HAINANESE CHICKEN RICE
As you might expect, Hainanese Chicken Rice (海南鸡) hails from China’s southernmost province of Hainan, a tropical island. There is little doubt that Hainanese chicken rice has become one of China’s most popular tourist attractions recently.
Hainanese chicken rice is popular in Singapore, Malaysia, and Thailand. This meal was brought across the border by Chinese migrant laborers because of the significant Chinese population in these countries.
The rice is the centerpiece of the dish and is prepared with chicken juices, stock, and fat (from poaching the whole chicken). I can only picture how people’s eyes would explode and jaws would drop when they try this rice for the first time: (to shovel in more of that rice, of course). Cooking rice with chicken soup is a luxury, but the flavor is miles and miles better than plain white rice.
Delightfully cooked Hainan chicken also emerges from the stock pot and ice bath, leaving rice perfectly moist and silky. Finally, you can slather the whole thing with as much sauce as you like. There are three sauces: chili sauce, ginger sauce, and sweet dark black soy sauce in this instance. This Hainanese chicken rice recipe is worth the time and work if you’re willing to put it in.
- 1 fresh or organic chicken
- 2 whole scallions
- 12-14 cups of water
- 4-5 slices of ginger
- 1 tablespoon of salt
- Chicken fat
- Chicken stock
- 4 cloves of minced garlic
- 3 cups of washed and drained uncooked white rice
- 2 teaspoons of salt
GINGER GARLIC SAUCE
- 4-inch piece of roughly chopped ginger
- 1 clove of garlic
- 3 tablespoons oil
- pinch of salt
SWEET DARK SOY SAUCE
- 1/3 cup of water
- 3 tablespoons of rock sugar
- 1/3 cup of dark soy sauce
- 6 fresh red chilies
- 3-inch piece ginger
- 3 cloves of garlic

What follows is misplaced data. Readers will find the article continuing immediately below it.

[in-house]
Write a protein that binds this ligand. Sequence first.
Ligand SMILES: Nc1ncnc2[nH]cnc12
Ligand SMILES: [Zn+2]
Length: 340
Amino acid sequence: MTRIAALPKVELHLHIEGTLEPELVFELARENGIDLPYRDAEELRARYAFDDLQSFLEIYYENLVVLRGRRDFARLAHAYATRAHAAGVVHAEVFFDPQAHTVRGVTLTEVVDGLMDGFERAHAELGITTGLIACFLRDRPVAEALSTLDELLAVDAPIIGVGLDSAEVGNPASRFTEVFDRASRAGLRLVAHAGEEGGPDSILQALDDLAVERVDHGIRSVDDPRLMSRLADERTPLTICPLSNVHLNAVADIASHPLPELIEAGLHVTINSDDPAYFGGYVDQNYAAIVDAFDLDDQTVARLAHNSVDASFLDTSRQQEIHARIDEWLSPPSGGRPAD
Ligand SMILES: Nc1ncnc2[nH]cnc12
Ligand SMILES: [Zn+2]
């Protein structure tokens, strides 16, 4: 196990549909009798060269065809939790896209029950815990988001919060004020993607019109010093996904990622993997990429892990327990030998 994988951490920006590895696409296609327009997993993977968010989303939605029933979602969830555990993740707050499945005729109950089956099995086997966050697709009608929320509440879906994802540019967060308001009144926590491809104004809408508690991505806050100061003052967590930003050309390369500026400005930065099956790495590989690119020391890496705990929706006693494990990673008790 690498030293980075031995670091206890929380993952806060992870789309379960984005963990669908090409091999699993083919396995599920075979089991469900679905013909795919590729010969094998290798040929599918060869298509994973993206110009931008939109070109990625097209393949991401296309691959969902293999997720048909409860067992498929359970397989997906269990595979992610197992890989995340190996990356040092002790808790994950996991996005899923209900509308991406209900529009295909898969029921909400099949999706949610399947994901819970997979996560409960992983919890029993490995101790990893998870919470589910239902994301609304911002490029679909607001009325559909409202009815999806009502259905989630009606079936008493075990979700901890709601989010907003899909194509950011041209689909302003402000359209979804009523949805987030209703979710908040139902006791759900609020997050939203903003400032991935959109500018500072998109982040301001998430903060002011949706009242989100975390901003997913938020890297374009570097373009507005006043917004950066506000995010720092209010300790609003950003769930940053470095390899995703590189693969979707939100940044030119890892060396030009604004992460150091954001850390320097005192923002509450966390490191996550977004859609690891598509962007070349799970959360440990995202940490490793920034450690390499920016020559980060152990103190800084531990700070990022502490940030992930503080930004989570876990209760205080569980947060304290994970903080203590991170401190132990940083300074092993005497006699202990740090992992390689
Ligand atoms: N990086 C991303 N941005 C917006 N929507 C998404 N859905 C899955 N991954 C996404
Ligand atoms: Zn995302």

- 3-5 tablespoons of chicken broth
- ½ teaspoon of sesame oil
- 1 teaspoon of salt
- 1 teaspoon of rice vinegar
- ½ teaspoon of sugar
- juice of 1 small lime
TO MAKE THE CHICKEN
- Remember to save the piece of chicken fat from the back cavity after thoroughly washing the chicken. Put the chicken on a platter and use a paper towel to blot it dry. Salt the chicken and give it a little massage. The chicken skin will have a lovely gloss as a result. Leave it alone.
- In a sizable stockpot, bring the water to a boil along with the ginger and onions. Rinse the chicken to remove the salt before putting it in the pot. Place the chicken breast side in hot water and carefully lower it. To avoid having dry white meat, it is a good idea to raise the water level now so the chicken breast only protrudes over the water.
- When the water boils, carefully remove the chicken from the pot and pour away the colder water that has become trapped inside the cavity. Place the chicken back into the pot carefully. Once more, bringing the water to a boil, cover the lid. After removing the pot from the heat, cover it and leave it there for 45 to 50 minutes (set a timer). Insert a toothpick into the thickest section of the drumstick to determine whether the chicken is finished cooking. The food is fully cooked if the juices are clear.